An Amazing Meal at MoVida…

MOVIDA, 1 HOSIER LANE, MELBOURNE

MoVida is located in one of Melbourne’s most photographed laneways, made popular because of its iconic street art – Hosier Lane.

As stated on their website; “tapas had already earned a bad name after a series of poorly executed tapas bars in Melbourne during the 1990s“. Owner and executive chef Frank Camorra was even told by a top food consultant that he was mad to open a Spanish restaurant as no one likes the food – lucky for us all he didn’t listen!  Camorra was born in Barcelona and spent his first five years in Córdoba before his family migrated to Australia.  He went back to his homeland in 2000 to work for a few years in spanish kitchens before returning to Melbourne and opening MoVida in 2003.

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The menu is broken down into “tapa” which are very small, designed to order one per person and “raciones” – larger plates for sharing.  We started off with four different tapas, Oyster, Truffa and Pork Croquette, which were all specials, and Cerdo from the regular menu.  It was enjoyable to hear our waiter, a fellow countryman from Oamaru, passionately describe the specials – his knowledge of the dishes, right down to where produce was sourced and how the dishes were cooked, was impeccable.

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First up, a Woody Island oyster, freshly shucked, dressed with a seaweed and cucumber broth. Delicious and fresh – but quite unusually served in a little dish instead of the shell.  We did laugh when looking back over the photos later on, as this photo does not look too appetising – but it did taste great!

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The Pork Croquettes were made with pig trotters and served with guindilla, which is a sweet spicy pepper.  Wow!  moist, chunky pork – they were beautiful!

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Keeping with the pork theme, we then had Cerdo – which was a crisp pig’s tail pincho served with green mojo.  The crispy pork was similar to pork belly – a far cry from the picture in our head of what a pig’s tail would look like on the plate!  Green mojo is a sauce, similar to salsa verde – great with the richness of the pork.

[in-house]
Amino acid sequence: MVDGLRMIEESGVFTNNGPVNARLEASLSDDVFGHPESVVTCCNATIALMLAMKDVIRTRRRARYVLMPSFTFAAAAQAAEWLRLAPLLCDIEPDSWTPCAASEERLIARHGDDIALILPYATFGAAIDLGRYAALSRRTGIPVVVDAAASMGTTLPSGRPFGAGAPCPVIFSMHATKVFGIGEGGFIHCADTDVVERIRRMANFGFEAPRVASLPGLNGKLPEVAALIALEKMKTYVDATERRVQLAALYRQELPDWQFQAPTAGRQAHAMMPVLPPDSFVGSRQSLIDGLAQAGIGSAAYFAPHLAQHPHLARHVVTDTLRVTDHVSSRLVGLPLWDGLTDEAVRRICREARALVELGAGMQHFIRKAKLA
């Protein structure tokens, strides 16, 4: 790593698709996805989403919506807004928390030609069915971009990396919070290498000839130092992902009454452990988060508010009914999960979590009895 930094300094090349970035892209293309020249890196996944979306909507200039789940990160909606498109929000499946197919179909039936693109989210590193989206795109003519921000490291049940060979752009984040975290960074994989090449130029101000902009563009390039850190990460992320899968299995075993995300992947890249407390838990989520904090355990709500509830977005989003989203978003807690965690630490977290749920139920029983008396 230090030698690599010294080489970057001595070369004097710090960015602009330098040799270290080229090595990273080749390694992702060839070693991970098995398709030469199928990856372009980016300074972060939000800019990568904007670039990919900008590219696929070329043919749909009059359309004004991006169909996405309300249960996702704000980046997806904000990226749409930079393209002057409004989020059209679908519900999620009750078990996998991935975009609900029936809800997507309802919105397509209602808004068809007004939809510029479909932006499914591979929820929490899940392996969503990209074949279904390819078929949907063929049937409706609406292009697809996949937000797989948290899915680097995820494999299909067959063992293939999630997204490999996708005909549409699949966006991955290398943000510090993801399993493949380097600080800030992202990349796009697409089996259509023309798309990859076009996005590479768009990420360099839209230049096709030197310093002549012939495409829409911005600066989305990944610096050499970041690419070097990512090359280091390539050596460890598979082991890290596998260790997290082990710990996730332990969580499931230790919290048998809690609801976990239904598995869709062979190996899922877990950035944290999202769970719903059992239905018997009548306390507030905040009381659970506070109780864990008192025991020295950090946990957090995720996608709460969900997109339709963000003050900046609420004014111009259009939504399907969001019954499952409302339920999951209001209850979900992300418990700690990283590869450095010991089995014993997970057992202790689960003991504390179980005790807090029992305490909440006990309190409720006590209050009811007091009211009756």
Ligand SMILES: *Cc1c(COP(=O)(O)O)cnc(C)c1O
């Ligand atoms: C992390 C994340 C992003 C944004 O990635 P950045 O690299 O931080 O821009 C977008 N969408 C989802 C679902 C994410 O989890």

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Our last tapa “Truffa” was Manchego custard, leek puree, shaved WA black truffle on a potato crisp.  Big generous slices of truffle, creamy rich custard and a potato crisp for texture – so good!

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Our first of the raciones was Pulpo – chargrilled octopus with radish, cucumber and ajo blanco (chilled almond soup).  I didn’t use to eat octopus, I think because of the texture.  But the texture of this octopus was soft and delicate, with a wonderful smoky flavour.

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Next, Cordonices – boned and roasted half Jurassic quail with fried bread and grapes.  A very nice dish, but probably the least exciting of all the dishes we tried tonight.

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The Cecina was probably my favourite dish of the night.  Air-dried wagyu with poached organic egg and truffle foam.  When the dish arrived at the table, the slices of wagyu were flat with a whole poached egg sitting on the top.  The waiter broke the egg and mixed it together with a fork, and then folded the beef slices up to contain the runny egg.  I have since read that this dish was awarded “Dish of the Year” at The Age Good Food Guide awards back in 2007 and has featured on the menu ever since.  The wagyu was melt in the mouth perfection, an absolutely beautiful dish.

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The lamb dish was one of the specials – Flinders Island chargrilled lamb loin with Moorish spices.  Another well executed dish; tender, perfectly cooked, tasty meat.
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Our last dish before moving to cheese was Carrillera de Buey – slowly braised beef cheek in Pedro Ximenez on cauliflower puree.  The Pedro Ximenez made this dish super rich, the beef was very tender and flavoursome.
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Both of the cheeses we tried were made from sheep’s milk.  A French blue – “Bleu de Pyrénées,” one of the newest styles of cheese from the Basque region which runs between the borders of France and Spain, and a Spanish white mould cheese “Petit Odre”.  Both lovely cheeses, but my favourite was the Petit Odre.

Graham and Ros both ordered the creme caramel – and said it was one of the best they had both tasted.  It was served with a kind of ginger biscuit, which Graham wasn’t too keen on as it was quite dry, but I did like the fact that it gave the dish a bit of texture and crunch.

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The “menu envy” moment of the night was Gavin’s rice pudding with mandarin.  The rice pudding was slightly warmed and the tangy mandarin with the creamy, rich rice tasted amazing!

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And my unusual choice of fried custard and apple.  I’m not going to lie – I wished I had ordered the rice pudding!  Almost doughnut-like on the outside, with slightly firm custard in the middle.

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I can understand why MoVida has been so consistently popular in Melbourne for so many years.  Absolutely top class food and service.

Dinner – Sunday 18 August 2013

MoVida Bar de Tapas on Urbanspoon

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